The bees are having a glorious week. The mesquite tree outside the door sings with energy and ambition and purpose from dawn to dark. Each mesquite catkin--the long, drooping flower cluster that is the heart's desire of every bee in Burnet County--is made up of hundreds of tiny five-petaled flowers. Each one conceals a precious drop of sweet nectar in its throat, enough to lure a lascivious bee deep inside, deep enough to pollinate the flower. All day, delighted, drunken bees and insects of all sorts, small and large, have been lurching from one catkin to another, fulfilling the plant's destiny in their abandoned pleasures. There will be mesquite pods aplenty in another month or two.
And on the other side of the yard...the chaste trees, another sweetly alluring destination for bees, and delirious hummingbirds as well. Chaste trees (Vitex agnus-castus) are easily rooted from cuttings; we have a dozen, all daughters of a single chaste tree we planted almost 20 years ago. In the summer, they form a lovely hedge some 14 feet high; they lose their leaves in the winter, but their bare branches and gray trunks are a pretty sight. Summer or winter, a fine addition to the garden.
The herbal history and lore of the chaste tree is fascinating--and yes, this lovely tree is an herb, as is the mesquite, since both have been used medicinally and ritually in a number of cultures. As you might guess from its name, the chaste tree was once supposed to inhibit sexual desire, and monastic cooks were in the habit of adding a handful of the spicy chaste berries, or monk's pepper, to the monks' food--something I learned for the first time from a Brother Cadfael mystery!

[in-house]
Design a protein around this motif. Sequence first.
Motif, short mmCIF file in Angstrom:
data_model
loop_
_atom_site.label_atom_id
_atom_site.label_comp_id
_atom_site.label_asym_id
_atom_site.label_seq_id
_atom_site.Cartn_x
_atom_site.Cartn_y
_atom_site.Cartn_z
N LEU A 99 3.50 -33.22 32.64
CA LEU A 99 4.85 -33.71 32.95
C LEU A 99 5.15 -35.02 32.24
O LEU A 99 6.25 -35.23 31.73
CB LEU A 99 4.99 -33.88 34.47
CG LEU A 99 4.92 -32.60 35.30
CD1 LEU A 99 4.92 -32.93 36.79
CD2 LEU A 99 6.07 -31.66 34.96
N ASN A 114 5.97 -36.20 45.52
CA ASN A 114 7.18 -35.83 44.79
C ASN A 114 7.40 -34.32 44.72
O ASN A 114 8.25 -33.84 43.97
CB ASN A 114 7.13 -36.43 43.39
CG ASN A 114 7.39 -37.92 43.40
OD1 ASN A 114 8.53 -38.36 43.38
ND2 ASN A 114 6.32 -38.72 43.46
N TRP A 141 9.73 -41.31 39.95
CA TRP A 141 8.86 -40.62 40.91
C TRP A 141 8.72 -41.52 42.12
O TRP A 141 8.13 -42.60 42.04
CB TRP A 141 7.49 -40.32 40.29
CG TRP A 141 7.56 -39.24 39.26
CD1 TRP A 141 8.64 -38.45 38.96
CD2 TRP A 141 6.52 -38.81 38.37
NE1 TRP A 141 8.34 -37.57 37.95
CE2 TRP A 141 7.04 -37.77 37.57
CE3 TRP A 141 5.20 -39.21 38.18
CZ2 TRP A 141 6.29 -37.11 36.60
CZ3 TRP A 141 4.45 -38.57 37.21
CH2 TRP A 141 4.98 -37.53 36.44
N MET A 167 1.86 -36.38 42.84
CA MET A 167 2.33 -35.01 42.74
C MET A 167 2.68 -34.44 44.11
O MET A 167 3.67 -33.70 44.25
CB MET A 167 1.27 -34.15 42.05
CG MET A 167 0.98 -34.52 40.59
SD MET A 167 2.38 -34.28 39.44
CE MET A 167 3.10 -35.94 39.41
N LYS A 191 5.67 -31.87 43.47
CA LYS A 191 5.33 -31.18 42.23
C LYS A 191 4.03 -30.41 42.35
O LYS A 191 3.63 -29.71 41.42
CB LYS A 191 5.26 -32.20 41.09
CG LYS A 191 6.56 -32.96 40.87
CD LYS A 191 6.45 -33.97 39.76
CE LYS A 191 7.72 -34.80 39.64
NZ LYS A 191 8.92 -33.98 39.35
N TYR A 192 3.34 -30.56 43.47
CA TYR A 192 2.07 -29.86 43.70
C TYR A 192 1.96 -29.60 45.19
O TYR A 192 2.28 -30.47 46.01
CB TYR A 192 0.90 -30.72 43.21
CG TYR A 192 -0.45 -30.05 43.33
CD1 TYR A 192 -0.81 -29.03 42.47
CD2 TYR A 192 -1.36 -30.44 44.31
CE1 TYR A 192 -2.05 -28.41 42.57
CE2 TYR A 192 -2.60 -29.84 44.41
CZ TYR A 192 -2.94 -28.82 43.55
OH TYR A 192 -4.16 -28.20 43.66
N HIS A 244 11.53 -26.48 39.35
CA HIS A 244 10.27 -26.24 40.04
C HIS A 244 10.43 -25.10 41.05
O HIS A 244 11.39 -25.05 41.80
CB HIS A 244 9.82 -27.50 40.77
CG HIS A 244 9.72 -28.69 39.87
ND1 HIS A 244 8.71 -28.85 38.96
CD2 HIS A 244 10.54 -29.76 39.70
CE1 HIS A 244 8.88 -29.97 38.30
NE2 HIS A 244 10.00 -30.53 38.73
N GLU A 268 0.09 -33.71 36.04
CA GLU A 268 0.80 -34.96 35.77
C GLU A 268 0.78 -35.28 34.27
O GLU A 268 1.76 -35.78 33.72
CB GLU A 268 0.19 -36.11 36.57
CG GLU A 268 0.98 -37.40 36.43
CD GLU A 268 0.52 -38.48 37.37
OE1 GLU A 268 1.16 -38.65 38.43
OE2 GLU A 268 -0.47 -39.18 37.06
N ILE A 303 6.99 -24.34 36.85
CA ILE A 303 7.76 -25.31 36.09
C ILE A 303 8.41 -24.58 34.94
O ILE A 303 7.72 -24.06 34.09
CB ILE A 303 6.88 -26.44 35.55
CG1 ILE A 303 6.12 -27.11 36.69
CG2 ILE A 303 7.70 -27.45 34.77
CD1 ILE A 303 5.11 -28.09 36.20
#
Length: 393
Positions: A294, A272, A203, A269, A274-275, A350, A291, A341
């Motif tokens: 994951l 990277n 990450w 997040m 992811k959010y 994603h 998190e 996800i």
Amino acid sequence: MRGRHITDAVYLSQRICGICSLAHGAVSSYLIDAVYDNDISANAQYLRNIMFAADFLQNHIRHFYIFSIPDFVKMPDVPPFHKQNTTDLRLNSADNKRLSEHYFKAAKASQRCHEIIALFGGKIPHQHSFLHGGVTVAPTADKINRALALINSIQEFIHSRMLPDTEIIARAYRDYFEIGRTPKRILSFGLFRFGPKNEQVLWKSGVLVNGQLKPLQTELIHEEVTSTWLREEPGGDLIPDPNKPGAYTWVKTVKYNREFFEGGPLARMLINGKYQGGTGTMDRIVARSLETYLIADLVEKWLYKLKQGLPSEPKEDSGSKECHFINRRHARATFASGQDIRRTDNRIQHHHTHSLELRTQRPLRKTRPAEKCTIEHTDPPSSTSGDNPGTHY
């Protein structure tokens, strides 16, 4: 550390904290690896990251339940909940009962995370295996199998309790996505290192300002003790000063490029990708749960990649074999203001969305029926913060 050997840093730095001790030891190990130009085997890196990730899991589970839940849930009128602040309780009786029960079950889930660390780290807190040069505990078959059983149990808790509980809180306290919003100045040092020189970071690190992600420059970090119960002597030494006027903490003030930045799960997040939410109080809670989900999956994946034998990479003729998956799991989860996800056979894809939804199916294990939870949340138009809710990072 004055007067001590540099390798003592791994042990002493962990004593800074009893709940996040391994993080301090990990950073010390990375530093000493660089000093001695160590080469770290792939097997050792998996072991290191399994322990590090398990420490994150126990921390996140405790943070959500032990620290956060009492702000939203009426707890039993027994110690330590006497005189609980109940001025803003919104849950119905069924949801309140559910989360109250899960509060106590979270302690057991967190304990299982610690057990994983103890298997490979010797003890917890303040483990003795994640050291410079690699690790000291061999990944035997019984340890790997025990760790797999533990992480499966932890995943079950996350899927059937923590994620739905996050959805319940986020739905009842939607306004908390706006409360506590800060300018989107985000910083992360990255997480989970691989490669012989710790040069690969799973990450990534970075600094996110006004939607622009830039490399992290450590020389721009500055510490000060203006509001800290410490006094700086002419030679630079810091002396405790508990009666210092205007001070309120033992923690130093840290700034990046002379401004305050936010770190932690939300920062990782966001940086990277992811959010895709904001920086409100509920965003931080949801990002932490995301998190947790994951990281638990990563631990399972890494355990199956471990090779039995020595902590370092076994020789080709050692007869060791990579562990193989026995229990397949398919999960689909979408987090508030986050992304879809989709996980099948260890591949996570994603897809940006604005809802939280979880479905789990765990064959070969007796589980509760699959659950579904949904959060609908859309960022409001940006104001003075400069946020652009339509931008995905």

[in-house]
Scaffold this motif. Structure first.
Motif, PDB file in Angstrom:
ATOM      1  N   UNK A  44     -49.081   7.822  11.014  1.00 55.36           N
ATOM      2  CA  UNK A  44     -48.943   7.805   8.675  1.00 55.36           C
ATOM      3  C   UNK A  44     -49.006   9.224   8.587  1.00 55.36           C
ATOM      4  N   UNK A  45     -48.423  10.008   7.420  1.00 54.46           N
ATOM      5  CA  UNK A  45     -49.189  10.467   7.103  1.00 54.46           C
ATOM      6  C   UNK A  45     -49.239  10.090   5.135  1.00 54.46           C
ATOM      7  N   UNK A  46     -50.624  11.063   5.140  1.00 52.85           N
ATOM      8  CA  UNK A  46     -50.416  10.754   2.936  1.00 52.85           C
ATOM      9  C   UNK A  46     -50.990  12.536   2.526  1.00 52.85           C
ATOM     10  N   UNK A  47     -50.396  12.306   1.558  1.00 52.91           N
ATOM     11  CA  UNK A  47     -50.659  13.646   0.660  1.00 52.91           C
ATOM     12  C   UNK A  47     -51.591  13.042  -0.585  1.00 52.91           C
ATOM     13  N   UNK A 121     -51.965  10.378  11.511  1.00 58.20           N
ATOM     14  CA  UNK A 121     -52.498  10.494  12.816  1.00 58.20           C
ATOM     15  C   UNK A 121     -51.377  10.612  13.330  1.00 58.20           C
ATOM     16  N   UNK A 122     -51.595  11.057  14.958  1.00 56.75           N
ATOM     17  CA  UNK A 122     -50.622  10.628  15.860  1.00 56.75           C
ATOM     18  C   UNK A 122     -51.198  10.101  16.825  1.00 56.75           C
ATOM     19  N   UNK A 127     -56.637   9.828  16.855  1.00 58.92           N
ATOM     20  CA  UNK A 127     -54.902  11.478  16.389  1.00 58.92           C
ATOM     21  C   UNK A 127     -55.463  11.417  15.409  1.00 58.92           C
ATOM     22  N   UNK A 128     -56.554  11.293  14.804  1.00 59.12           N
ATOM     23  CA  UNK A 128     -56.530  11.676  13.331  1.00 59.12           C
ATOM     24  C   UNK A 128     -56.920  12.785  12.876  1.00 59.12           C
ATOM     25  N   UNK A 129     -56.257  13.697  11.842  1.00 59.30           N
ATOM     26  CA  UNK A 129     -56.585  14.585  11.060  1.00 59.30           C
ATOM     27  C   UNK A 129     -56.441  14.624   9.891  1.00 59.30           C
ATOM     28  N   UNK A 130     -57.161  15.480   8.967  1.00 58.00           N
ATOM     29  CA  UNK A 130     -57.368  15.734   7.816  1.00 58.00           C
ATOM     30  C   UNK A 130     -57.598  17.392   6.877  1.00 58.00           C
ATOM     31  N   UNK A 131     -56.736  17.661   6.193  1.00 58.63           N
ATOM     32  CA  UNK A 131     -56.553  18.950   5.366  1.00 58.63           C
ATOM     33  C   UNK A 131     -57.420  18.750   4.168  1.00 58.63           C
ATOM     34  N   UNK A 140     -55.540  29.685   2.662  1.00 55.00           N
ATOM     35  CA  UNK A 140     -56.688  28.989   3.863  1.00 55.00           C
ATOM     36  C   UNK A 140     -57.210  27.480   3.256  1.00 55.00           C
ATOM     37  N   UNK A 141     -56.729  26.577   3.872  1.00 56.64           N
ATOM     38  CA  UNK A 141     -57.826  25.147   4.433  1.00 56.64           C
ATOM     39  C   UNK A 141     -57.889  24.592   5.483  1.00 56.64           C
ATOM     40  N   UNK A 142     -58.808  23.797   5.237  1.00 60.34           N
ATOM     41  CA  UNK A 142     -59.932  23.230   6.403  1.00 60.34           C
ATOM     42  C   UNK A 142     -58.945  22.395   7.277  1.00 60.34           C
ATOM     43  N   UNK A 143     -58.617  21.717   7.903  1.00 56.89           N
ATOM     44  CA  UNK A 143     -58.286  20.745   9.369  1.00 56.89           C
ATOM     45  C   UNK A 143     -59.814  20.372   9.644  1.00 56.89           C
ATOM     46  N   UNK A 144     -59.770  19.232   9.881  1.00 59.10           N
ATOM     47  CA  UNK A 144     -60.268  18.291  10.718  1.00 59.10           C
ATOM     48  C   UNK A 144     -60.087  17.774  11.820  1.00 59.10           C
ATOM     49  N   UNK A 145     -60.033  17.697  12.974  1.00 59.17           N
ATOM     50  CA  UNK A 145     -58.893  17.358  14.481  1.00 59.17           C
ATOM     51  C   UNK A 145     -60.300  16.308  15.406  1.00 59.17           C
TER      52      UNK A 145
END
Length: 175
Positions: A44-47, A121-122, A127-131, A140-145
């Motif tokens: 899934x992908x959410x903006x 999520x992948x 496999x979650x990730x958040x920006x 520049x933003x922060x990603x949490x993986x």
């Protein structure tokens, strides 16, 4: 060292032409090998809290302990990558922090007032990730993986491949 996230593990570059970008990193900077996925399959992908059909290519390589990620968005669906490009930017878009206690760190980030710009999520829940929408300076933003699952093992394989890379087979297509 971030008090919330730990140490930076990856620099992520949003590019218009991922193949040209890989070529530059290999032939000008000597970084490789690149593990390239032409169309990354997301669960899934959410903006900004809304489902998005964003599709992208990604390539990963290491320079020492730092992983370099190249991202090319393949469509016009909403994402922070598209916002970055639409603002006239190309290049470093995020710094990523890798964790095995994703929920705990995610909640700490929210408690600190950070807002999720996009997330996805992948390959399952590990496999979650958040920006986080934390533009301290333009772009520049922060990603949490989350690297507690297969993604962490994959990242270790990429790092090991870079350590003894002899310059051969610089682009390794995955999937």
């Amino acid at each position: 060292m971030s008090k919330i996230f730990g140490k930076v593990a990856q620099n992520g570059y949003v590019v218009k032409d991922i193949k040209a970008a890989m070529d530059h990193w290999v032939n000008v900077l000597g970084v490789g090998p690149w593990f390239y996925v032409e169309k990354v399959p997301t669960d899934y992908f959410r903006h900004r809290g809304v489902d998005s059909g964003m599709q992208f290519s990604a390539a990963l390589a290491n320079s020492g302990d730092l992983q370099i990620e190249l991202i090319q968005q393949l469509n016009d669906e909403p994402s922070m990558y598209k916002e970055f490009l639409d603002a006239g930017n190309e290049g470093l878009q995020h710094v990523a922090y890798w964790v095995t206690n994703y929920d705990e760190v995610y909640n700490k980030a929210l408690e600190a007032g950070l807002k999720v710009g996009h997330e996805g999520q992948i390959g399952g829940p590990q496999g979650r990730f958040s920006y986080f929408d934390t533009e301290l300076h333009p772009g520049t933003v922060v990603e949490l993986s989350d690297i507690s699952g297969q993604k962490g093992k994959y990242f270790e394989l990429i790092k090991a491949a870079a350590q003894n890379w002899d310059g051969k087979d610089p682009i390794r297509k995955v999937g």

But there's nothing inhibiting about this lovely plant as far as the bees and hummingbirds are concerned. They're just busy getting breakfast, lunch, and dinner--and ensuring that the vitex reproduces itself. It's all part of the divine scheme of things. And these days when the nightly news is full of unnecessary war (is any war ever necessary?), hurricanes, earthquakes, volcanic eruptions, tsunamis, and other natural and unnatural violence, it's a joy to look up and see a tree buzzing, blooming, beautiful, benevolent. For just this brief moment, the wronged world seems entirely right.
Reading note, from Wendell Berry, A Timbered Choir:
Light, leaf, foot, hand, and wing,
Such order as we know,
One household, high and low,
And all the earth shall sing.